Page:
A robot could become the weapon of choice for detecting and treating the most common cancer in men, improving results and reducing side effects. Scientists and mathematicians are working on a potentially game-changing way of improving the accuracy of both prostate cancer biopsies and of brachytherapy, which is used to treat some prostate cancers.
The five-year £3.3m EU-funded project brings together robot-design experts in France, a steerable flexible needle designed in the Netherlands, and a system guided by artificial intelligence and mathematical modelling by UK experts at the University of Portsmouth, working with medics and Clinical Scientists at Queen Alexandra Hospital, Portsmouth.
A prototype is expected to be ready within five years.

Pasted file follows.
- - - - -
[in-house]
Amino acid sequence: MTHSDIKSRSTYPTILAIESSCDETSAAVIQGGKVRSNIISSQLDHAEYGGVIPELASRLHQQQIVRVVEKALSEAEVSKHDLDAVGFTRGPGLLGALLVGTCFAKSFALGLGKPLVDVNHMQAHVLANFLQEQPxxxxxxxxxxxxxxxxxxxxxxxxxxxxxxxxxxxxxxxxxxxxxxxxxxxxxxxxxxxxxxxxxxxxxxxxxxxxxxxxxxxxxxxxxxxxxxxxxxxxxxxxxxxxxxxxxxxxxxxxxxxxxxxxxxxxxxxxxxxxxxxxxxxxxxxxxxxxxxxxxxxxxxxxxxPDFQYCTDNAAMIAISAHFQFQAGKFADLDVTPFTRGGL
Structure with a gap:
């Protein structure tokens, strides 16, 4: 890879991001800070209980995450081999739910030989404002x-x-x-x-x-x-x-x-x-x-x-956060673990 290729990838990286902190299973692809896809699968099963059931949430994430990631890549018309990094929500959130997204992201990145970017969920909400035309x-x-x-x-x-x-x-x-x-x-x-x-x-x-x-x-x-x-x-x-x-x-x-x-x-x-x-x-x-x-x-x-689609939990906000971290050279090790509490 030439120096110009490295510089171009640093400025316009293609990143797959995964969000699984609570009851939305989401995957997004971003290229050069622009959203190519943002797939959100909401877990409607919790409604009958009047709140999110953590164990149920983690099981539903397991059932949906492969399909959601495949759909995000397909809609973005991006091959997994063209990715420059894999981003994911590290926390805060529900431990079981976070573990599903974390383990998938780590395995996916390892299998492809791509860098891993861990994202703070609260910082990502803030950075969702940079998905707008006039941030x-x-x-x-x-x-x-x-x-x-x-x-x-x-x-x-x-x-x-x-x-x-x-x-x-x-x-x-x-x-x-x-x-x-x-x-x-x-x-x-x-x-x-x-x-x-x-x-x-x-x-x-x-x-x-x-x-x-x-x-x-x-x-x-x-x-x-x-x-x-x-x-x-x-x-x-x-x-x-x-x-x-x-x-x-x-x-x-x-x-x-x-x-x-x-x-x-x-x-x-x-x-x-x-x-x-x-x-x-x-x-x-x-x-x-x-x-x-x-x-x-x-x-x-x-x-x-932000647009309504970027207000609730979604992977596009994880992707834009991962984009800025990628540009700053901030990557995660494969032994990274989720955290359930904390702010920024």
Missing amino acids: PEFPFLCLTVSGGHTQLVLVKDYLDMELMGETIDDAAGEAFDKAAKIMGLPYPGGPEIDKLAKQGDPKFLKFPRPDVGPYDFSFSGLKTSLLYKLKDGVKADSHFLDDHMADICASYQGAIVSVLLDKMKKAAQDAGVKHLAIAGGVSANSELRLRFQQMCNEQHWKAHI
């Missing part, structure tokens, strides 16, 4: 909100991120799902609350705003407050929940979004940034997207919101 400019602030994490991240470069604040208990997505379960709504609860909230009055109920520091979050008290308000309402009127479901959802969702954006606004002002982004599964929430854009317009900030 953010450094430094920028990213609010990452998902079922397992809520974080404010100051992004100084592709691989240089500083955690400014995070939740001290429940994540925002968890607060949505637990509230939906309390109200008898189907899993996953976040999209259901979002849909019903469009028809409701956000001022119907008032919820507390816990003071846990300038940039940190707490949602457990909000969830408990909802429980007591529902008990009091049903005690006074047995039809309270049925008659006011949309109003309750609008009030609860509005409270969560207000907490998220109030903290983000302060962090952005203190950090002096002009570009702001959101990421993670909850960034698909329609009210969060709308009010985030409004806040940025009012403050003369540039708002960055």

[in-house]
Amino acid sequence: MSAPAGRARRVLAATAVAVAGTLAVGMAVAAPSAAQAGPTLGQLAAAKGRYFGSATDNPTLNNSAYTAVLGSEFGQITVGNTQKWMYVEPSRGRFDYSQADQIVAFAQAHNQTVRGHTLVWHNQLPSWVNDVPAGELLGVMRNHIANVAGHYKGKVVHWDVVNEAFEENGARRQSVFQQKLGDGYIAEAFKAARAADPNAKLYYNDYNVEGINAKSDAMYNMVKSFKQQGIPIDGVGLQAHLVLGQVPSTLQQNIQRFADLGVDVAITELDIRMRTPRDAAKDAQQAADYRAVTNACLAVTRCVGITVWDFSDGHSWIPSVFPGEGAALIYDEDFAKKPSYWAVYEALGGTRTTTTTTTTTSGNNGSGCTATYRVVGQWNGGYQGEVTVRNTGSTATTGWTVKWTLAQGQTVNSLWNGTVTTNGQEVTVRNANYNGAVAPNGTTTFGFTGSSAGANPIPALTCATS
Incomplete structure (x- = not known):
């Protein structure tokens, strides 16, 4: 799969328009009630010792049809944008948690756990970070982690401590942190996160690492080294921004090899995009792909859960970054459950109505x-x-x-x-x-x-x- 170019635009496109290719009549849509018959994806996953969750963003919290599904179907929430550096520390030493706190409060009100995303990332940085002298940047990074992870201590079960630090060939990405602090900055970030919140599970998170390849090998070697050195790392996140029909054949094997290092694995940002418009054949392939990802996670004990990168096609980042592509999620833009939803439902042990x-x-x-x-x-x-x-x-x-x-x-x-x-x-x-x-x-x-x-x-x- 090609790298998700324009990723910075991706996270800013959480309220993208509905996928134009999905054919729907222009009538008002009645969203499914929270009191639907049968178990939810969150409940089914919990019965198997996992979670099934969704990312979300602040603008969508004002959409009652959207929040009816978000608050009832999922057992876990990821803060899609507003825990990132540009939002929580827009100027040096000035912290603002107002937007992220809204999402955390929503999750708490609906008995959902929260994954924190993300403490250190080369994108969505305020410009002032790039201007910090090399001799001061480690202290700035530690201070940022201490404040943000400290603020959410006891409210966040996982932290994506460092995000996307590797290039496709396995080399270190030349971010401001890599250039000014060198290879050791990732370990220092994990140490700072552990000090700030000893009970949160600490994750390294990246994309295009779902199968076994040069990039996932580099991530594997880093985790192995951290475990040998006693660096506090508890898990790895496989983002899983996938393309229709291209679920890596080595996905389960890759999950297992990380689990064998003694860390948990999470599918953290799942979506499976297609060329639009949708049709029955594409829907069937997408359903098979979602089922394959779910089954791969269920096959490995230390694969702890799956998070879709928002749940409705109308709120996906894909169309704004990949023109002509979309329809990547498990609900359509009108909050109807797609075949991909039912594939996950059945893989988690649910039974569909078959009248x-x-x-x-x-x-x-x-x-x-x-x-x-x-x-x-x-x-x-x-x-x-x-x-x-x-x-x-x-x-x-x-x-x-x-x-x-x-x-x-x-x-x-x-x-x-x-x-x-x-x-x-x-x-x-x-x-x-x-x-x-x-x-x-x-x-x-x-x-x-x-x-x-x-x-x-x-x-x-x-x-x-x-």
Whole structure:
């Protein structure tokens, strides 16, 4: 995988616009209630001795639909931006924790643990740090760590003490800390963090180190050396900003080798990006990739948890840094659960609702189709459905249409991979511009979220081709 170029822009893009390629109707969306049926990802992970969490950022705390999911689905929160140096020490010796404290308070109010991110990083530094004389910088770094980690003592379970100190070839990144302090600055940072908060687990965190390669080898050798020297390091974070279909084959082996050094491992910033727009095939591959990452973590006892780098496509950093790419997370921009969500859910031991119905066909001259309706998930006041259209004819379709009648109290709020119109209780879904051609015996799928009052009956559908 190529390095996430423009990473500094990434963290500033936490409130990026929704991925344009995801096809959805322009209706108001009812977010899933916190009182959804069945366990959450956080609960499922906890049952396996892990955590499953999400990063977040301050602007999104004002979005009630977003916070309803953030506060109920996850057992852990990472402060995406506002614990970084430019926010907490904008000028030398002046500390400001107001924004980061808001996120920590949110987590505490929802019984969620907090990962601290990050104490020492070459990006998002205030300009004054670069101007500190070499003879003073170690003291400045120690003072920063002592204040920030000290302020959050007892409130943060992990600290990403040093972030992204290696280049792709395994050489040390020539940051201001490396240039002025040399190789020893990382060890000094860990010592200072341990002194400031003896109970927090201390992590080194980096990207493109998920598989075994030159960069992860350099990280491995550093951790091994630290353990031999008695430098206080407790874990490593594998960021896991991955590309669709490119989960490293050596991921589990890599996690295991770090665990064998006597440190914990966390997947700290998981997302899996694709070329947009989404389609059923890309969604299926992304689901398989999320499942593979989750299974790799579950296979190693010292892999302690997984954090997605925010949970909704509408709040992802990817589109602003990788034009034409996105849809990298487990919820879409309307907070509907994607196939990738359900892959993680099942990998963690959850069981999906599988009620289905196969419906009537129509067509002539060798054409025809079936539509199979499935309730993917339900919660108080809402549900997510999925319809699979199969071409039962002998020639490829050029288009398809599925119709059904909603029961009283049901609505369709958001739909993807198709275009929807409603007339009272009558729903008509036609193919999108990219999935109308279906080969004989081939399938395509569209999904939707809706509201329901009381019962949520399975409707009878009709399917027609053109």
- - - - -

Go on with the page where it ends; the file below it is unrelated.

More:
Professors Dylan Jones and Ashraf Labib, both at the University of Portsmouth, have decades of world-leading research in logistical modelling and in using artificial intelligence to help make better decisions.
“Prostate cancer was chosen for the development of this radical new treatment solution because it’s such a common cancer and where it is in the body lends itself to the use of robotics,” says Jones.
“There are particular challenges in delivering brachytherapy – it’s not the only treatment for prostate cancer, but it’s a good option for treatment for many patients. This development will, we hope, allow medics and scientists to come up with a treatment plan that is much more focused on the individual and the ‘map’ of their particular cancer. It will mean fewer needles need to be used, the treatment will be less invasive, and it will be much more accurate, giving medics superb precision.”